Standardized Tests in Today’s Education System

Many students today, struggle with behavioral issues, learning disorders or emotional issues, meaning they are already facing challenges in their behavior patterns. A big issue in my opinion, in today’s schools is recognizing these struggles in students. School’s expect students to all meet a certain standard, and are most likely unwilling to conform to the needs of the students. Even with extra support, such as Therapeutic Staff Supports or specialized classrooms, the goal is to get the child to behave in a way the school seems “fit”, or be able to take tests and exams that meet scores “fit” for the school.

Albert Einstein quoted,  “Everybody is a genius. But if you judge a fish by its ability to climb a tree, it will live its whole life believing that it is stupid.”. The test is tree climbing, similar to standardized testing across the board. However, not everyone is able to climb a tree, or may need a different way to get up the tree.

Another issue with these standardized tests, is they don’t test subjects such as music, art, or other specials that can give the students a chance to explore their gifts and talents. That may make them confident enough to perform better in other subjects they may struggle with. However these subjects are becoming non-existent in today’s educational system.

I believe standardized tests should be eliminated, your success should not be determined or predicted by how well you can score on a test. It should be measured by your strengths, your talents, your gifts, and sharpening those things.

I am not against education, I believe education is very important. This is why I am still in school. However, I believe school should focus more on student’s gifts, passions and talents. I believe schools will have a much higher success rates if they do. This gives student’s a chance to express themselves, and also helps build confidence to perform better in other subjects.


  1. Dear Author,

    I agree with you to a certain extent. I love your use of Einstein’s quote here because it’s the same thought that I have when I think of how standardized tests are executed and the results that end up following it. I like to think of some big names in test preparation and ultimately Kaplan Test Prep is a company that immediately comes to mind. I always remind myself of the fact that this company has specific courses that train and teach you how to take a standardized test so that you can ace it. Rather than reinforcing and promoting learning and retaining information, students are taking these courses to learn how to take a test! I agree that standardized testing is broken and isn’t truly measuring the intelligence of the student but I do still think that tests should still be administered by schools. I believe that the only way for us to get away from this fear of standardized tests is to learn how to teach different kinds of students and to not make it seem like those that need a different learning style are somehow “less than” the student that’s able to keep up with the conventional style of teaching.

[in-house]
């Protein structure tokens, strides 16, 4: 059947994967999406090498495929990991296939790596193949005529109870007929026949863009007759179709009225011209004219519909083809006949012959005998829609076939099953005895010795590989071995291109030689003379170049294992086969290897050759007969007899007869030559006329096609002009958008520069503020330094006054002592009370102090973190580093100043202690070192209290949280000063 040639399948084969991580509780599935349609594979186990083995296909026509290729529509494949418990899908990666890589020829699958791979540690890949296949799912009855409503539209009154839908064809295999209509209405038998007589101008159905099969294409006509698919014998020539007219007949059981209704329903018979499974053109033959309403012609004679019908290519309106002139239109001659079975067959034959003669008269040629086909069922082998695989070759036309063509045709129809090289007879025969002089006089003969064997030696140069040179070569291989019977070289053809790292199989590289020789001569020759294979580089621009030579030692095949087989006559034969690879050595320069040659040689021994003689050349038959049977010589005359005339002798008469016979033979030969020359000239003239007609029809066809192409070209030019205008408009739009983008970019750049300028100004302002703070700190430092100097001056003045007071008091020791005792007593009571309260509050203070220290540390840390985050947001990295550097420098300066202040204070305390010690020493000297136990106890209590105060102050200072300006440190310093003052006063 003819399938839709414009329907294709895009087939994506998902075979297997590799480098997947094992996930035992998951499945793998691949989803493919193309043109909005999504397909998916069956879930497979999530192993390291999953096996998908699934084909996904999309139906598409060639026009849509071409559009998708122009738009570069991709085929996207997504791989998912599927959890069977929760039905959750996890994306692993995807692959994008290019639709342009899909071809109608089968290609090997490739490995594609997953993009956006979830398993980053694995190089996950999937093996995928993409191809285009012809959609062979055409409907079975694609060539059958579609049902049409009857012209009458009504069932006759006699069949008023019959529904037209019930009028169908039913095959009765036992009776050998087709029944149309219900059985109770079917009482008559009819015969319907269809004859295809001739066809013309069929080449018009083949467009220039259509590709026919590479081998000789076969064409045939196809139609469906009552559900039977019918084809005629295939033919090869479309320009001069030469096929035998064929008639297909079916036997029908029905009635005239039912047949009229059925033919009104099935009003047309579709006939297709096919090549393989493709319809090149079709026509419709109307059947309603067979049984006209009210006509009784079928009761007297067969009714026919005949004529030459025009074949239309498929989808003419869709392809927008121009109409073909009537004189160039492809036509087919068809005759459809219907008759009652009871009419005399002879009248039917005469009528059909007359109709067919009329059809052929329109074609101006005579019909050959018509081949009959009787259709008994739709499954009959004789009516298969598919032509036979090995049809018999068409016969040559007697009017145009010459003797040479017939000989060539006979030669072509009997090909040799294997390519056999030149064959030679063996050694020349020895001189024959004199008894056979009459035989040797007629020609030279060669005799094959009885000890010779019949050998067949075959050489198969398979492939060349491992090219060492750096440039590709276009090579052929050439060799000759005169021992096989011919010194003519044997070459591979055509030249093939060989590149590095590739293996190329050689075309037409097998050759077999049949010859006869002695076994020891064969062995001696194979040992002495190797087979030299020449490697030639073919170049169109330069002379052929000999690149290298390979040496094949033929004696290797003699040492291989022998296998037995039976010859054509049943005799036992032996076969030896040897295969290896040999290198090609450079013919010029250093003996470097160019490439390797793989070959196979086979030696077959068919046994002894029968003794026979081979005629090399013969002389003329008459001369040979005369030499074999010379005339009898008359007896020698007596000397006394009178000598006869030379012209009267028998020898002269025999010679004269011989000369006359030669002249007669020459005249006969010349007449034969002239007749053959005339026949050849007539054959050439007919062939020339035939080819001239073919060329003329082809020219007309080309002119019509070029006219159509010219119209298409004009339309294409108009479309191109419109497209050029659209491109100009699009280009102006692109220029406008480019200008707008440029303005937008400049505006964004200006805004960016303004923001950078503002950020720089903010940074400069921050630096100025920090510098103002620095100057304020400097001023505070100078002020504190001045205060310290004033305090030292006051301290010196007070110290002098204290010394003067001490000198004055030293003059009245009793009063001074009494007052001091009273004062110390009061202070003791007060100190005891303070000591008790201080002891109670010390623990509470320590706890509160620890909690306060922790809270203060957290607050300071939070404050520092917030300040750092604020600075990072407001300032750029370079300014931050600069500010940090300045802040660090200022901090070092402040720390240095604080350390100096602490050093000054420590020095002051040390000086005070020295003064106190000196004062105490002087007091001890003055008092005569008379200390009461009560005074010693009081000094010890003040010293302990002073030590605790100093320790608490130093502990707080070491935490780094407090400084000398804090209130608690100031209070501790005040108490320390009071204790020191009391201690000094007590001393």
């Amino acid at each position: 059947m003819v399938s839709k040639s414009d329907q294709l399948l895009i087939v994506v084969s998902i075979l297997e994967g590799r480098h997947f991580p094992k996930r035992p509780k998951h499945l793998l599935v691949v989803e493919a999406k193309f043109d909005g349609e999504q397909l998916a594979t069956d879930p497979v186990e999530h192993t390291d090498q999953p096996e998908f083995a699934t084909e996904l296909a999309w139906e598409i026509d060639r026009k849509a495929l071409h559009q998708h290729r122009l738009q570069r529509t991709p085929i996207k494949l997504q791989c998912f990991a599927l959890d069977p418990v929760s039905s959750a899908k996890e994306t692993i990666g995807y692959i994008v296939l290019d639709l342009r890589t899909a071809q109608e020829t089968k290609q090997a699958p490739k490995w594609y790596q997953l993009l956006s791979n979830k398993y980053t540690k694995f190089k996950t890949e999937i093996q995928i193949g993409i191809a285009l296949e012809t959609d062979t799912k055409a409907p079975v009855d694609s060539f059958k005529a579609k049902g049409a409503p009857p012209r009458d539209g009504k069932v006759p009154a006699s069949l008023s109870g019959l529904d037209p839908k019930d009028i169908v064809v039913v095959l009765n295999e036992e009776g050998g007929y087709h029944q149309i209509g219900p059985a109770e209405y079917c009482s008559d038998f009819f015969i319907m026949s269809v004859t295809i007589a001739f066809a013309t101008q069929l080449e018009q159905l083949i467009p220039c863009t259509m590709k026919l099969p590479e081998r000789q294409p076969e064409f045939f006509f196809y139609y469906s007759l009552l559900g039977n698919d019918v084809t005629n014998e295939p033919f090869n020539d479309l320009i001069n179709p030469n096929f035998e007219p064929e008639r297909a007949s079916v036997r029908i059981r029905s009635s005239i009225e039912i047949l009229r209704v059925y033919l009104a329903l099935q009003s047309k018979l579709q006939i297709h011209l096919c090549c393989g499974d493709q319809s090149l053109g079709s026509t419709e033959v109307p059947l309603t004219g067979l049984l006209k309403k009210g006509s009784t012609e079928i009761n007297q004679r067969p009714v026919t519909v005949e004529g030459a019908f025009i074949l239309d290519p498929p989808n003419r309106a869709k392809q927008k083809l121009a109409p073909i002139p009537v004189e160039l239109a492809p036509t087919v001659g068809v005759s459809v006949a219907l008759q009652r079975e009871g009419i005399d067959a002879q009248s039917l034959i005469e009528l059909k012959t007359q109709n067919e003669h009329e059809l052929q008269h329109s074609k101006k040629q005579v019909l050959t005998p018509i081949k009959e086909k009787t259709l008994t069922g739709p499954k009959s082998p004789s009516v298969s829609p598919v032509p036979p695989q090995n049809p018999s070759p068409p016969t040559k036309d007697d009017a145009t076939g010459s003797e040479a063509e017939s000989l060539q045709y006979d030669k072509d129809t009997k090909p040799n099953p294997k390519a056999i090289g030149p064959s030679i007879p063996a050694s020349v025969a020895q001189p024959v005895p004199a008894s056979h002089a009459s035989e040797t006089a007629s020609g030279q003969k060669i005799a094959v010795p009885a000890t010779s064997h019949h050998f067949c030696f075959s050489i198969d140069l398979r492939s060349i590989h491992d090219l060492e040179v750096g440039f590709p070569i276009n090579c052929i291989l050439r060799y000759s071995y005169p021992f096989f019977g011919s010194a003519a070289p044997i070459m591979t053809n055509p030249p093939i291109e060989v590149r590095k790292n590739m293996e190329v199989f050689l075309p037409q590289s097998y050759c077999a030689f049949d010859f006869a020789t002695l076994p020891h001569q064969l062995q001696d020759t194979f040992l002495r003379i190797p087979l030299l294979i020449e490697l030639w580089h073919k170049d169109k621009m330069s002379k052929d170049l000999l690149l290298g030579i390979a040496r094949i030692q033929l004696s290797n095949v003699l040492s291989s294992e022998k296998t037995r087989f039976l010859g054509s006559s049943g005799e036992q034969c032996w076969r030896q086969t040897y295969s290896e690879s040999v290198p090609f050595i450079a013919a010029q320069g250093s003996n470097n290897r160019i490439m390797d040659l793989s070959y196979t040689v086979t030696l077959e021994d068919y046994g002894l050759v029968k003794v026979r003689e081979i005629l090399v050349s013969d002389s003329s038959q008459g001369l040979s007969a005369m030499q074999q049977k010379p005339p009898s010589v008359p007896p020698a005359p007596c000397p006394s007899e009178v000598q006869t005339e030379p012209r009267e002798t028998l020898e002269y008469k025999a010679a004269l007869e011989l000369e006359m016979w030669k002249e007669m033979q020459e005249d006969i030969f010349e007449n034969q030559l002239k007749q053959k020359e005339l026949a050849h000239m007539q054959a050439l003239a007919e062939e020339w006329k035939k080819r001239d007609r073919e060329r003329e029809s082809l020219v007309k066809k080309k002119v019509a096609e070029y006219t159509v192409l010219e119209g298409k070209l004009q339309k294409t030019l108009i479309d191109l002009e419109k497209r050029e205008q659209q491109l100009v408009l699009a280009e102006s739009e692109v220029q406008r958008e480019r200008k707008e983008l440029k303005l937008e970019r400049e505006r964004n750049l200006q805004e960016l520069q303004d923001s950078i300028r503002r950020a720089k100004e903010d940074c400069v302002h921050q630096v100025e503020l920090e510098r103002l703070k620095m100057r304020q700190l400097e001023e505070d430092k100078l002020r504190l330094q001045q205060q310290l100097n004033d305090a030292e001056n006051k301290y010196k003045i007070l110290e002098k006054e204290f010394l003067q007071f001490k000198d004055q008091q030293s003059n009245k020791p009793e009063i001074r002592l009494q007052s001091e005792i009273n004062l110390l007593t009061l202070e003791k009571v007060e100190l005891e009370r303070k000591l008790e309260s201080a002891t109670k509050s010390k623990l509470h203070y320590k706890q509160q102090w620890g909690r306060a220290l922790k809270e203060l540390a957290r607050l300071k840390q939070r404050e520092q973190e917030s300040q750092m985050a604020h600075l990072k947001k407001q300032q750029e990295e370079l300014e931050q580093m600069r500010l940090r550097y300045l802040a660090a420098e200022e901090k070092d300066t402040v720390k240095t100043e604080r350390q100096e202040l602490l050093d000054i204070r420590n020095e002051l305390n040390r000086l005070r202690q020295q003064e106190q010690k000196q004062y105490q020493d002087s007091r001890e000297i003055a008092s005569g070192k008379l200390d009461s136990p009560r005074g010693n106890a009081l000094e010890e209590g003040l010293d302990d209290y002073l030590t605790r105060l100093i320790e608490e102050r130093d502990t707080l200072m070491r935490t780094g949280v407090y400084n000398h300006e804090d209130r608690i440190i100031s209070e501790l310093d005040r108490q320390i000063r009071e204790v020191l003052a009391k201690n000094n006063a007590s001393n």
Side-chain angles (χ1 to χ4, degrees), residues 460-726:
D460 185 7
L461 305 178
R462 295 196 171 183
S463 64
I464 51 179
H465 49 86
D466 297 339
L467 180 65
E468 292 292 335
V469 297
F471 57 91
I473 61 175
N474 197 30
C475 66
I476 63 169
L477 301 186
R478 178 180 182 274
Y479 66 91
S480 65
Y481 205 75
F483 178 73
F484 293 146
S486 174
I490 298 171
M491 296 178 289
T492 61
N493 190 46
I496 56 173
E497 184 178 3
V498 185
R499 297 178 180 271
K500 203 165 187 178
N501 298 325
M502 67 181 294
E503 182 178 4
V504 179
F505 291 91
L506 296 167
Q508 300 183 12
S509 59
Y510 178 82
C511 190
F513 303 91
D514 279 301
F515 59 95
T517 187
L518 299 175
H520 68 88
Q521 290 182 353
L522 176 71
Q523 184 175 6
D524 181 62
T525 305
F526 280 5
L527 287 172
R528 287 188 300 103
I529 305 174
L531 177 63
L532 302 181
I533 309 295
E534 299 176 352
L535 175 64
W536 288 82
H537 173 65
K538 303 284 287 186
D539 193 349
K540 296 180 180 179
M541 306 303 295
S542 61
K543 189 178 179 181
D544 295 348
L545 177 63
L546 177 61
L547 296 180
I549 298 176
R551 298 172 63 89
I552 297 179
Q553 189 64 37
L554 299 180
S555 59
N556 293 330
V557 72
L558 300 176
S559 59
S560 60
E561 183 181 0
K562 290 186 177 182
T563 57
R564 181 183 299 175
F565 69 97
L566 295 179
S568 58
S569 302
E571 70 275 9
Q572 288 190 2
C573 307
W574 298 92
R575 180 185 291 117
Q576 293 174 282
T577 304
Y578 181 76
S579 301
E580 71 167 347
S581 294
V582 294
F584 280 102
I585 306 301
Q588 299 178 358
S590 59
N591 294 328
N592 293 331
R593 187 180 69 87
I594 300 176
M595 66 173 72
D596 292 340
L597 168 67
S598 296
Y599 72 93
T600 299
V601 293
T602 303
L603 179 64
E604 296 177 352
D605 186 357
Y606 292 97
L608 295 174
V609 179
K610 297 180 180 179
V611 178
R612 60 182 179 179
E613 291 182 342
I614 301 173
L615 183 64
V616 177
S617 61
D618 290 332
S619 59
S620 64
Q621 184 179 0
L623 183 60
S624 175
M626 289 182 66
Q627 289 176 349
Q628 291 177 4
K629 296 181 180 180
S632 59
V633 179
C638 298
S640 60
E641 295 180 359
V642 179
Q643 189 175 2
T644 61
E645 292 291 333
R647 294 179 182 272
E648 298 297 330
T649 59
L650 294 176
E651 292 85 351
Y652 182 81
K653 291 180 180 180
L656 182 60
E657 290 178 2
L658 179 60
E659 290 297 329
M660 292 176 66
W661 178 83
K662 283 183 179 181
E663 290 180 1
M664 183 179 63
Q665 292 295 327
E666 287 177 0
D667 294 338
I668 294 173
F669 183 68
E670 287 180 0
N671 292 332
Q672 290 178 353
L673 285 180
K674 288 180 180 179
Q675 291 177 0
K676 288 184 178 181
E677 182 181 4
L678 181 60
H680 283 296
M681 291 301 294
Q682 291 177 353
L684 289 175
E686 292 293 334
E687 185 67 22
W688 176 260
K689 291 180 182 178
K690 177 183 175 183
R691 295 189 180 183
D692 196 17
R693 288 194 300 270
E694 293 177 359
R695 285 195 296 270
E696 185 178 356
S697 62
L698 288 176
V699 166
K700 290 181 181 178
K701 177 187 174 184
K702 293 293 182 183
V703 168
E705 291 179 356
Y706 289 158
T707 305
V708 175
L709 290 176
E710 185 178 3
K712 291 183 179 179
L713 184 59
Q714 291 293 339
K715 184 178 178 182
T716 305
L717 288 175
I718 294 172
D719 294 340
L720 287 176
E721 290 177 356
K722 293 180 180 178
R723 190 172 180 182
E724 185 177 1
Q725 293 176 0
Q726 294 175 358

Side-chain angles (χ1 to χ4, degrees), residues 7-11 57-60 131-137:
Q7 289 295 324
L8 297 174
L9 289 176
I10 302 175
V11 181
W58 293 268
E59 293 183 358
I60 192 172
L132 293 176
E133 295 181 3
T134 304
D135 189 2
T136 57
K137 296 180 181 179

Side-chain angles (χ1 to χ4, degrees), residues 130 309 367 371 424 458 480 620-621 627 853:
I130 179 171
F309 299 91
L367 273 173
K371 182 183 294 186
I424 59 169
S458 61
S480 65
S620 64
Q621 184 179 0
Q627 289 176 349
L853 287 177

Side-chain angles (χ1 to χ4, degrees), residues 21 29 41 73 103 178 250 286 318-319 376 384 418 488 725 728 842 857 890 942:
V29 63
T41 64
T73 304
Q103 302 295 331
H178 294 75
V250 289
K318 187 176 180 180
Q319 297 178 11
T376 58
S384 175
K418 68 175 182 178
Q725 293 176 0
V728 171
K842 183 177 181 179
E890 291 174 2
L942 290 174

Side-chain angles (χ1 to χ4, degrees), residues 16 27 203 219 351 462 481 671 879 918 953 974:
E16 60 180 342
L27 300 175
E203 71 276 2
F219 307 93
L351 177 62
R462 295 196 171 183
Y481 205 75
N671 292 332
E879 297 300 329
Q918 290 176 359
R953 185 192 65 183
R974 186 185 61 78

2. I do agree with your assessment and Albert Einstein’s quotes of “Everybody is a genius. But if you judge a fish by its ability to climb a tree, it will live its whole life believing that it is stupid.” Honestly, I often ponder if this is what we do to our kids. They are bright, smart, and highly capable individuals. However, their scores on school tests sometimes show otherwise. I fear that receiving low scores on standardize tests enough times could lead to self-handicapping, which is a theory that refers to individuals that create barriers to successful performance before achieving a task (Scheider, Gruman, & Coutts, 2012). As a result, they won’t try hard enough and continue to earn low scores. Furthermore, I’m also concerned about teacher’s expectations. Will low scores of our children lead to teachers continuously expecting less from our children; thus, leading to future low scores in our children’s standardized tests? This theory was tested in the Pygmalion study of Robert Rosenthal and Lenore Jacobson (Scheider et al., 2012). In this study, Rosenthal and Jacobson used the deceit approach and told the teachers that some students have above-average academic potential (bloomers) but in actuality they were randomly assigned (Scheider et al., 2012). By the end of the year, the bloomers’ IQ showed a significant increase compared to students in the control group (Scheider et al., 2012). So, I fear that standardized test scores could lead to the teacher’s expectations theory, self-handicapping theory, and ultimately the self-fulfilling theory. I think it is time for our education system to get a makeover. On the surface our education system may not seem to be broken, but it’s breaking our children from within. The expectations is too high and starts at a very young age. It’s a vicious cycle that we desperately need to get our children out of.


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